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20 years and counting

GCC bioinformatics training grant wins fifth competitive renewal

By Jade Boyd
Rice News Staff

One of the Texas Medical Center’s (TMC) longest-running federal grants — a training grant for pre- and postdoctoral fellows in biomedical informatics that was first awarded to Rice University 20 years ago — has been renewed for another five years following a competitive review process by the National Library of Medicine (NLM).

The $4.1 million multidisciplinary, multi-institutional grant will fund graduate students and postdoctoral trainees at Rice and five other institutions that make up the Gulf Coast Consortium (GCC), which took over management of the NLM Training Program (NLMTP) 10 years ago.

“From the outset, we promoted multidisciplinary training that links pre- and postdoctoral fellows with faculty experts across a range of disciplines, including computer science, cognitive science, computational and applied mathematics, statistics, chemistry, biochemistry, cell biology, microbiology, molecular genetics — and increasingly with physicians at our participating institutions,” said principal investigator Tony Gorry, Rice’s Friedkin Chair in Management and professor of computer science, who has directed the training program since its inception.

Gorry said one of the most successful elements of the training is its mentoring program. Each trainee is assigned two mentors, one expert in computation or mathematics and another in biomedicine or health care. This dual mentoring better prepares trainees to work across disciplines and helps stimulate the development of new avenues of attack on complex biomedical problems, he said.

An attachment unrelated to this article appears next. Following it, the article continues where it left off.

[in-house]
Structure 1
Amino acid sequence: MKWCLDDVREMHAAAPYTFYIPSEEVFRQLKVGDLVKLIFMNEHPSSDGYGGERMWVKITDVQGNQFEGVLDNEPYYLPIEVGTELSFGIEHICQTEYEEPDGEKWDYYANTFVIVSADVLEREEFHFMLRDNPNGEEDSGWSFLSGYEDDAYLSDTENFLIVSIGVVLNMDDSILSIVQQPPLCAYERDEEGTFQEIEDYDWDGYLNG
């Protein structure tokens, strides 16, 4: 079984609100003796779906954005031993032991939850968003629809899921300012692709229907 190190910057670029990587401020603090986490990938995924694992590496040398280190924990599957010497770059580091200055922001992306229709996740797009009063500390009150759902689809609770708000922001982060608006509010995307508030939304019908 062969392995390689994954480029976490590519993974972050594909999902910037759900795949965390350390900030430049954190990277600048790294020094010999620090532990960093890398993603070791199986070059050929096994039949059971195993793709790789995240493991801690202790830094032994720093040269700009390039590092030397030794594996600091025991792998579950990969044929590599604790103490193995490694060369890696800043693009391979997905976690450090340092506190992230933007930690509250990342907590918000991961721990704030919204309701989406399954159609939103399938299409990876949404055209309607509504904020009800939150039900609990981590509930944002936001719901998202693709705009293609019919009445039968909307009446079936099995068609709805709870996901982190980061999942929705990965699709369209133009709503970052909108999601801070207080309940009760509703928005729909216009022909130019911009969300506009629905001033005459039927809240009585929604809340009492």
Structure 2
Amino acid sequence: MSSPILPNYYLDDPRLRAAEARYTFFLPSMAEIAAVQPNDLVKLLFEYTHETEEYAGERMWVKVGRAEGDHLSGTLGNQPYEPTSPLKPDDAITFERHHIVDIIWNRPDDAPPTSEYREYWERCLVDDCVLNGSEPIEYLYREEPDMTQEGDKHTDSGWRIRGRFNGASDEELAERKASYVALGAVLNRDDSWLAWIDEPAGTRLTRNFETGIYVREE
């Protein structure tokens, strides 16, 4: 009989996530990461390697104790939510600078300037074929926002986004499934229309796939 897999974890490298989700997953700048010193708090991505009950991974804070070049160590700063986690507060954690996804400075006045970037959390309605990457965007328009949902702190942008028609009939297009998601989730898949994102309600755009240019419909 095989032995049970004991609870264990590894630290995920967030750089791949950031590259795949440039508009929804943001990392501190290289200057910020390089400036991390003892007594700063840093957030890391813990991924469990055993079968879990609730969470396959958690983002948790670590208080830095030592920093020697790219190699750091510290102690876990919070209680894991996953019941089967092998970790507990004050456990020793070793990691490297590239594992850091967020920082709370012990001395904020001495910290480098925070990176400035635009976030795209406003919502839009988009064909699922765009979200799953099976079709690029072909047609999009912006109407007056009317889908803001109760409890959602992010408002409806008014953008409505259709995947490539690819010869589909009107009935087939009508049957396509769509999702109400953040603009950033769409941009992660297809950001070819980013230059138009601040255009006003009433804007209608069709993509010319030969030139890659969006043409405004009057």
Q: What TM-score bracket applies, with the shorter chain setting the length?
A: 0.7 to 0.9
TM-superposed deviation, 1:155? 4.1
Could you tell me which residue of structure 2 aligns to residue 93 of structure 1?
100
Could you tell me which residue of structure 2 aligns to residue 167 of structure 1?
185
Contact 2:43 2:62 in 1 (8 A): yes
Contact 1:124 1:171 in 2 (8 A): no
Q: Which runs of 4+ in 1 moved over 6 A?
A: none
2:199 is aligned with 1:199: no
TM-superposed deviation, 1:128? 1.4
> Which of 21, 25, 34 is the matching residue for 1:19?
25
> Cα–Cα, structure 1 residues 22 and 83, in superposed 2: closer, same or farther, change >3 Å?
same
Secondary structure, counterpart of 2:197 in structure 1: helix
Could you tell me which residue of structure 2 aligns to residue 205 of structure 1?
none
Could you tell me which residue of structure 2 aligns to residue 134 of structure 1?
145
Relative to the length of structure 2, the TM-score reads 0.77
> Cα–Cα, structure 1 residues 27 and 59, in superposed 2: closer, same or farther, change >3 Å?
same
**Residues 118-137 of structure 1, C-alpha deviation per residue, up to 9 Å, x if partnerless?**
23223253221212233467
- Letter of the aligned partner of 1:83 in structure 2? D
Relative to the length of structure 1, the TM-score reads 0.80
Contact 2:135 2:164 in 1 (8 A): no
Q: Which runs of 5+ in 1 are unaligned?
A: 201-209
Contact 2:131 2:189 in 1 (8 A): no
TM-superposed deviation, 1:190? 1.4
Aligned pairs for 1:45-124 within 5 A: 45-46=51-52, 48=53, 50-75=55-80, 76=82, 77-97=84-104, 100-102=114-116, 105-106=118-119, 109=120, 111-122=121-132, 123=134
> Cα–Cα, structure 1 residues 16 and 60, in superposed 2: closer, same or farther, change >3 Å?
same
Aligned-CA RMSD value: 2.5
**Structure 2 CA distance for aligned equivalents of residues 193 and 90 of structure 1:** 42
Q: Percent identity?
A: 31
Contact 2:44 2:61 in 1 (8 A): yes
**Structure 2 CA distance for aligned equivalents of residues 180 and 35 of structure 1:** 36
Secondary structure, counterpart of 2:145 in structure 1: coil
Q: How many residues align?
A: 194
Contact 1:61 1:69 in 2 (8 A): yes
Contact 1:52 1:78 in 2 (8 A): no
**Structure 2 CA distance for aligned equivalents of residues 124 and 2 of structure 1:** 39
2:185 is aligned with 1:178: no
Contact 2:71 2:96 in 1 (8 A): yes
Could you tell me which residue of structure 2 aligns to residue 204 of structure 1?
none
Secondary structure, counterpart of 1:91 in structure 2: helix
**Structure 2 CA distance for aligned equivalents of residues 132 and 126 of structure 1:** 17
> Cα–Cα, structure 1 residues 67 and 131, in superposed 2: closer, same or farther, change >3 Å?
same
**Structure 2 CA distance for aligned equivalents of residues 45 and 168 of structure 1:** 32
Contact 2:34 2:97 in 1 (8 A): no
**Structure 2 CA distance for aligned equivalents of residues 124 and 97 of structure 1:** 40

“Many of the trainees who have completed training in the NLMTP within the past 10 years are now in visible and productive positions,” Gorry said. “For example, 11 are full-time faculty members in ranks from assistant to full professor, and 13 are informatics specialists in clinical and industrial settings. A number of our recent Ph.D. graduates are engaged in further training as postdoctoral fellows.”

The five-year grant for GCC’s NLM training program was one of 14 awarded by at the NLM this year.

“In this era of the 1,000 Genomes Project, regional health data repositories, virtual clinical trials and real-time tracking of disease outbreaks, the need for trained scientists who understand the complex health-information landscape and can render it more tractable is greater than ever,” said NLM Director Donald Lindberg.

The NLMTP is the largest of six competitively funded training programs overseen by the Keck Center for Quantitative Biomedical Sciences, the GCC’s training arm. GCC members include Rice, Baylor College of Medicine, the University of Texas Health Science Center at Houston, the University of Houston, the University of Texas MD Anderson Cancer Center and the University of Texas Medical Branch at Galveston. NLMTP trainees and their dual mentors are drawn from across the six institutions.